Trip Start Dec 22, 2011
129Trip End Apr 18, 2012
Map your own trip!
Show trip route
Check your pockets, was the watchword.
Breakfast sorted, (still pretty slow but an improvement on yesterday's farce) it was all aboard the bus and off to the oyster farm. There were just 6 of us, Rob and Carole, John and Jan, us and Nadine the guide.
Arriving at the farm we were sorted out with waders. Smart.
Nick picked me up by my waders and gave a shake which helped pull mine up a little
After a brief talk on the growth of the oyster and the general workings of the farm, we were led out into the oyster nursery where we could see them in their boxes a growin'. They are bought in as almost specks and put into boxes into the water to grow. Moved after a few weeks or months to new boxes and graded as to size, the growing process continues. They are usually eaten at about 2 years, but can live far longer than that and Nadine showed us some later that were massive. A real knife and fork job they would be. Probably carve up as a Sunday joint even. Yuk.
Walking in the water in waders was a weird sensation and it took a while before I was totally convinced that water would not seep through.
After we had seen them at all stages of growth, Nadine picked out an oyster and showed us how to shuck it. Who would like to eat it? No Prizes for that one, Nick always ready to help slurped it down.
How many oysters would we all like?
Extracting the oyster orders, we waddled across to a table in the water, which was covered with a white table cloth, the champagne and glasses were found from her backpack and we were off
Having opened the oysters, the remains of the muscle on the shell we held under water and they were quickly snaffled by a hungry swirling crowd of mullet. Once or twice they went for our fingers in their haste to eat the remnants off the shell.
Tasting some of the red samphire was also in order, before watching the grader shake and grade the oysters in the shed into 4-5 different buckets according to size.
It had been interesting, but not made me want to try them.
What a wuss!
The next excitement was a cookery demo back at the ranch.
Again, only a select few: Elly, Nicky, Encarnita and myself.
Unfortunately I had not read the instructions and was dressed in my £2.50 matumba cut offs and a slighlty grubby classic Jaguar Touring polo shirt. Wrong again. Encarnita was exquisitely attired in what I would class as a "very posh frock indeed". Black with magnificent sequinage and diddly doodah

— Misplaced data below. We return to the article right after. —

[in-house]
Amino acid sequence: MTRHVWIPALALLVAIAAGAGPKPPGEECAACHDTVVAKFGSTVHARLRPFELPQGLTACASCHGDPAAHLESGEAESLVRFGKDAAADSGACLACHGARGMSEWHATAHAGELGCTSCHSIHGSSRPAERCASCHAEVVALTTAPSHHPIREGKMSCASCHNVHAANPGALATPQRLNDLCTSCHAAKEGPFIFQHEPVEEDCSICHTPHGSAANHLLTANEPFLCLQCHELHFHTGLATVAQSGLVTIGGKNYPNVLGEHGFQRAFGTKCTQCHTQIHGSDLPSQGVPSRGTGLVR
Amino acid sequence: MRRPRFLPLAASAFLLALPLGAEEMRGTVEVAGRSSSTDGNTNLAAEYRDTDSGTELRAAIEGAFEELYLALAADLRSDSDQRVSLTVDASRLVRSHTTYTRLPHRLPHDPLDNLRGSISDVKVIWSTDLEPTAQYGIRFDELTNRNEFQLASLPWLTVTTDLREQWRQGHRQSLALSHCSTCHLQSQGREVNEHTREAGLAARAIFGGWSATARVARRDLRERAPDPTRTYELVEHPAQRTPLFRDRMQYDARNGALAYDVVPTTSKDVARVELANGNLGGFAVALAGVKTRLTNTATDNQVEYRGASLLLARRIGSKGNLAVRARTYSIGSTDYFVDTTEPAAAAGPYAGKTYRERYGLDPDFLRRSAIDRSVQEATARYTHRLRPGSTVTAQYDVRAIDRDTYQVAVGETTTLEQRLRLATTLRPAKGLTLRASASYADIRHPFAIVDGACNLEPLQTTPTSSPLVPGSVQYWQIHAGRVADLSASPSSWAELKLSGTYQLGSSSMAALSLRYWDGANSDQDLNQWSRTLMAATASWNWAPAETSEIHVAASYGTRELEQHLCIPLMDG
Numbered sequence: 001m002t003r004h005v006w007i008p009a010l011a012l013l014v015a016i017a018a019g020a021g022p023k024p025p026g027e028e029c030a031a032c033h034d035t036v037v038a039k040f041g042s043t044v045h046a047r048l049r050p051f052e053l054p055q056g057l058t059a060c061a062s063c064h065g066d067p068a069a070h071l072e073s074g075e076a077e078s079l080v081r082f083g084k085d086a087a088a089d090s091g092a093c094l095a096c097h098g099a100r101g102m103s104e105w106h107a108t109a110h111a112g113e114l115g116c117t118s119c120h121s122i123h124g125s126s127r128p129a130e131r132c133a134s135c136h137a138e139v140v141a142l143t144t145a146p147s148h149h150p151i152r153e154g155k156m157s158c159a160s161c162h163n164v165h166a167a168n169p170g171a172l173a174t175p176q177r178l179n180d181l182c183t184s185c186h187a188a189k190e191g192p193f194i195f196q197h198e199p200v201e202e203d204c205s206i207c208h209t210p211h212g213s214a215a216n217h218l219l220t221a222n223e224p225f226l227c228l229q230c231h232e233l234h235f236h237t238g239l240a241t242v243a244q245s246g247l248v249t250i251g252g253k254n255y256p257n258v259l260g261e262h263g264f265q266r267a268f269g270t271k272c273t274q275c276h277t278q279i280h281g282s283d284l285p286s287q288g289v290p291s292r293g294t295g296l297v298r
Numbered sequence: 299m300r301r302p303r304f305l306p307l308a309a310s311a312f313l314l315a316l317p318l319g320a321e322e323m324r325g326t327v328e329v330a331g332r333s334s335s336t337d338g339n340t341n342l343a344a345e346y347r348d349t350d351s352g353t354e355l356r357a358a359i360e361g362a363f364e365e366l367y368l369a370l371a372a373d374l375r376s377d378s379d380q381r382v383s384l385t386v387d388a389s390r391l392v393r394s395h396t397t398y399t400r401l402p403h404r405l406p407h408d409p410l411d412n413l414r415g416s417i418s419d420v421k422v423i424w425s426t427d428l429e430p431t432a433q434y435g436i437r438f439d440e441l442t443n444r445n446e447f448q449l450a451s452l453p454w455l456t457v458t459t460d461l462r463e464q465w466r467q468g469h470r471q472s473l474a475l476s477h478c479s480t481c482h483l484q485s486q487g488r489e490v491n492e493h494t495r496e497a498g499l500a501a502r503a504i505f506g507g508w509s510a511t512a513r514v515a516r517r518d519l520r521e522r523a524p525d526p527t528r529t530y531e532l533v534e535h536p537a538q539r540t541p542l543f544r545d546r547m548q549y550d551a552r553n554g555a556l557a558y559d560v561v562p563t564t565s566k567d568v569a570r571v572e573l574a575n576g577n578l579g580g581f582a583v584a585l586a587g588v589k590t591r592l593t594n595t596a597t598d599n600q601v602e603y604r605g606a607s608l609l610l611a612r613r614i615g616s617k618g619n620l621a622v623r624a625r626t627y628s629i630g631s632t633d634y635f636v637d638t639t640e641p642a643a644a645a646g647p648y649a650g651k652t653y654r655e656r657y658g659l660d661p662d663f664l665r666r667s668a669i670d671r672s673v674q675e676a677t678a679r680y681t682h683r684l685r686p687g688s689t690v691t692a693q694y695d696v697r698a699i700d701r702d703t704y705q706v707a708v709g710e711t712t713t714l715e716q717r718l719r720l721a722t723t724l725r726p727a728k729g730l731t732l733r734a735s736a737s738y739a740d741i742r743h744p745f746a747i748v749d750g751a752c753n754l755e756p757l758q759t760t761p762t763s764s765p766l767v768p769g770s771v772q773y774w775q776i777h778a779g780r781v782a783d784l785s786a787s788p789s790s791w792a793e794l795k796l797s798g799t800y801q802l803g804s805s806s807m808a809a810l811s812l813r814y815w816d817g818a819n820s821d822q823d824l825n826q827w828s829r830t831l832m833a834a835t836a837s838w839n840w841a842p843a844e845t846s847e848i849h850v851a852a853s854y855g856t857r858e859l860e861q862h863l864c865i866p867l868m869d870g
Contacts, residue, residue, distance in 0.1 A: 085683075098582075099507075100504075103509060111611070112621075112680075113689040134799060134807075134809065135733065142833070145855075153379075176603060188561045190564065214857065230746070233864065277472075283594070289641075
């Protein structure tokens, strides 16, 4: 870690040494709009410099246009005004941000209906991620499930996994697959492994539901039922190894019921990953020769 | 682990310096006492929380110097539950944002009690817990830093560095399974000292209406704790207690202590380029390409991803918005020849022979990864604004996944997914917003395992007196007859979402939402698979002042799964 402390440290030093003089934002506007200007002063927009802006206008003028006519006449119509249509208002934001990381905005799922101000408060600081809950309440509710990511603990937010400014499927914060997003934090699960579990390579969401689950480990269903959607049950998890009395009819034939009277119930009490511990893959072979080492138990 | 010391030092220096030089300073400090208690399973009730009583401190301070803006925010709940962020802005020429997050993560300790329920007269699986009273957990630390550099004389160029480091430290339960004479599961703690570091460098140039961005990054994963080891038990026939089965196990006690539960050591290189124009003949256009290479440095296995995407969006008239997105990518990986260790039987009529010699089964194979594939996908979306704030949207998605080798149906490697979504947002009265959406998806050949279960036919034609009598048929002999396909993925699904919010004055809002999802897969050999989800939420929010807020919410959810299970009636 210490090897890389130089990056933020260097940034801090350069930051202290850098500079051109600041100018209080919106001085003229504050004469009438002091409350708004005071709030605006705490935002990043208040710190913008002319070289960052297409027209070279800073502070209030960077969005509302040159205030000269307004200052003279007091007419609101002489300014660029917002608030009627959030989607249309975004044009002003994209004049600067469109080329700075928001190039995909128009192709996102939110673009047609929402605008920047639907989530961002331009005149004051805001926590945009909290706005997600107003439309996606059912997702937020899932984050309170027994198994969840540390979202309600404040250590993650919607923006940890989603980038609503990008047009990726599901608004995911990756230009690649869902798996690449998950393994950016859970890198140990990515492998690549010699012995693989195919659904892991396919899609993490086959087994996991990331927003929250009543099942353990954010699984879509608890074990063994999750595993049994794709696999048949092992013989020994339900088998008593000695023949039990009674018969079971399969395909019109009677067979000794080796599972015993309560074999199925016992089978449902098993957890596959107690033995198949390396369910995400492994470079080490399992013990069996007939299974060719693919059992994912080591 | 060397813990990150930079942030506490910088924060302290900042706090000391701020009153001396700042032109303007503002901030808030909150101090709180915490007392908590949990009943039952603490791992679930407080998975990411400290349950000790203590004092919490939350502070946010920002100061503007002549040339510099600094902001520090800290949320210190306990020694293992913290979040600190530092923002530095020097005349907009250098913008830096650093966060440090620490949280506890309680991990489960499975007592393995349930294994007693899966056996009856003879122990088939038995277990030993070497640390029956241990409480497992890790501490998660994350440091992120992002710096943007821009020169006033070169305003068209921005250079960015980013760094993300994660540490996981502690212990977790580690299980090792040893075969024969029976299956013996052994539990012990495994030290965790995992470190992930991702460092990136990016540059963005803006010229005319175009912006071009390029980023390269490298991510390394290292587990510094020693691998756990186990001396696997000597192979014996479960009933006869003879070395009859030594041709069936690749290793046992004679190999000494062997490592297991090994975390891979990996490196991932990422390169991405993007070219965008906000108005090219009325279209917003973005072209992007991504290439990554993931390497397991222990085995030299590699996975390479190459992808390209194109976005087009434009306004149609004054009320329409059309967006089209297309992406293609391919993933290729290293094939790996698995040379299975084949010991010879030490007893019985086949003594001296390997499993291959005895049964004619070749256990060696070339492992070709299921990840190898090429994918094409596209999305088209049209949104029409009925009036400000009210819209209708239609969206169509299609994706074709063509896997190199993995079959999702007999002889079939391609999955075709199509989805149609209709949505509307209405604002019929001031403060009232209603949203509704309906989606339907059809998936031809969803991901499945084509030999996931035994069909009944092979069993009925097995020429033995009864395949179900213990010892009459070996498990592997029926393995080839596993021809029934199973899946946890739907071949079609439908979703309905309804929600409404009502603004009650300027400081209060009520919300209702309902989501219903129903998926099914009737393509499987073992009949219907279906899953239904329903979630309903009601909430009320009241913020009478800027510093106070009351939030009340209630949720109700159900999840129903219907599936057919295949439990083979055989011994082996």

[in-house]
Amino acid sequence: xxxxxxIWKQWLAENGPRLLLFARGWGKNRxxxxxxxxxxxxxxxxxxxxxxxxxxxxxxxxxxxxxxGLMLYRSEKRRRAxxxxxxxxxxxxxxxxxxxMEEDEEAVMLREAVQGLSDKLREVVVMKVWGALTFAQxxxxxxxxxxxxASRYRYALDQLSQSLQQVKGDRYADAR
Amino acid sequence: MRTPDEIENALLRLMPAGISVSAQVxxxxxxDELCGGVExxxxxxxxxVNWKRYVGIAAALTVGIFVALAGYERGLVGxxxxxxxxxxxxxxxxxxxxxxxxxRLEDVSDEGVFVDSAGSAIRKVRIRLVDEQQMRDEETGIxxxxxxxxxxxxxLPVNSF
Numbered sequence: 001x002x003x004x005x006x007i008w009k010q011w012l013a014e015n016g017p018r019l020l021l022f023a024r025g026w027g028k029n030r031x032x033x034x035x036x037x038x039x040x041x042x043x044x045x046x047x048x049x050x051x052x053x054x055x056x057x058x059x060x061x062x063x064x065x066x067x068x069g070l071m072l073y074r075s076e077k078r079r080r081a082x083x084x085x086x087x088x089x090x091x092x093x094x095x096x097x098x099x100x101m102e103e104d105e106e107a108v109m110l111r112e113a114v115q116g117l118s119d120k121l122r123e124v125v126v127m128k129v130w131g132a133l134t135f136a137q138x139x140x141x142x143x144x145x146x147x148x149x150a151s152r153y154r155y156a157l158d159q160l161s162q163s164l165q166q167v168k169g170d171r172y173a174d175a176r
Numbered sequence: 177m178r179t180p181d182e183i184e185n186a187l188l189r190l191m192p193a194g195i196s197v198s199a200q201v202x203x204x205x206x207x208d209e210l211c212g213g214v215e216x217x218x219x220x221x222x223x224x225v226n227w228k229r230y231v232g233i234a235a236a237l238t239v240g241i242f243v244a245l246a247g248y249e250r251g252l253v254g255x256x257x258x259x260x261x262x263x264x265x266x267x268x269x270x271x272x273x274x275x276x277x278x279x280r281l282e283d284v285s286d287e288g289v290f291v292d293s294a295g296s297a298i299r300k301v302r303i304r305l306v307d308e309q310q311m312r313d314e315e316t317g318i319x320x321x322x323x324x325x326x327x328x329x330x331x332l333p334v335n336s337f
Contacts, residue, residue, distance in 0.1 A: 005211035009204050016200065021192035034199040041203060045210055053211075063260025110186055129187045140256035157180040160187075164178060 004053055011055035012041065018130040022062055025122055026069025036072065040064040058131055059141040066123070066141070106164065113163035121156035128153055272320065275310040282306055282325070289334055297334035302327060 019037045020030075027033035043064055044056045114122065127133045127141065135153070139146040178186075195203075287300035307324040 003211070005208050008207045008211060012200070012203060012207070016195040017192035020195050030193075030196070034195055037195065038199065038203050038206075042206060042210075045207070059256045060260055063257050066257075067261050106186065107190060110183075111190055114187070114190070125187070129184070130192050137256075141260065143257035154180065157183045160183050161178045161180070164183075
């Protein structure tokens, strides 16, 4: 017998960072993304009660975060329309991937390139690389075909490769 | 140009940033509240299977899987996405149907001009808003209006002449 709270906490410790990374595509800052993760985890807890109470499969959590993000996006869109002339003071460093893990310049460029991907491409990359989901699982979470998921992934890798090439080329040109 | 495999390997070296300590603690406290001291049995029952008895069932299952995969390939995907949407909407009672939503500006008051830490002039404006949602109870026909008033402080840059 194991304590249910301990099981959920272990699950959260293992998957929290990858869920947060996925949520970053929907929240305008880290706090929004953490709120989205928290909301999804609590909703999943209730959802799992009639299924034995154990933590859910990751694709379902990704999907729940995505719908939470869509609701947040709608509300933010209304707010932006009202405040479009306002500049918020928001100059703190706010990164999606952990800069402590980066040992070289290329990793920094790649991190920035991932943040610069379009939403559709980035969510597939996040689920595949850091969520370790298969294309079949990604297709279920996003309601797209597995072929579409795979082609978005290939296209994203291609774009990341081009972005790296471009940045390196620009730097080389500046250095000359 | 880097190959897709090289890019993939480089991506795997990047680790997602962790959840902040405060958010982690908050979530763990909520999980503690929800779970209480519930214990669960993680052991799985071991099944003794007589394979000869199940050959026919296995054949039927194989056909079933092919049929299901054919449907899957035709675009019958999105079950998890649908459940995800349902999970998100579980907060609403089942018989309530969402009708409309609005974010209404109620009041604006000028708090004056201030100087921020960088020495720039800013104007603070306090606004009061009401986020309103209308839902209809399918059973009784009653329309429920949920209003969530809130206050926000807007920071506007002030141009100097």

"What can one expect from Primark?"
"Prrrrrymarrrrk? I won' go therrre... go to Selfrrridges!" She purred in her delicious Spanish way. since then we have had ongoing banter about the two establishments, but I am beginning to think maybe Selfridges has stuff what Primark don't.
But perhaps I am mistaken.
However, the demo over and uncommonly for me still having a clean frontage, I slipped back with the spoils of war for Nick to sample, as it were not my kind of fare...
One of the funny moments of the day came when I went back to the room and forgotten my key. Earlier on we had seen Nowell banging on the door of his room as he was locked out. He didn't know it, but Bibbi was actually up in the bar, imbibing, as her name would suggest.
However, I was just about to scrabble under the outer courtyard door, when Nick heard my plaintive scrabblings and opened the room door and came to rescue me
Except, of course, there is a photo to record it...
Drinks in the bar were protracted and fun. At last I got to talk to Hilary and Ted who look great fun and indeed that proved the case. John Nixon joined us, and we sat and enjoyed the hospitality of the bar until about 9pm, when we sauntered back to savour the delights of dinner a la deck once more... only this time, word had got round and we were joined by a baby wallaby which we spotlighted with the bright beam of the Saffire torch.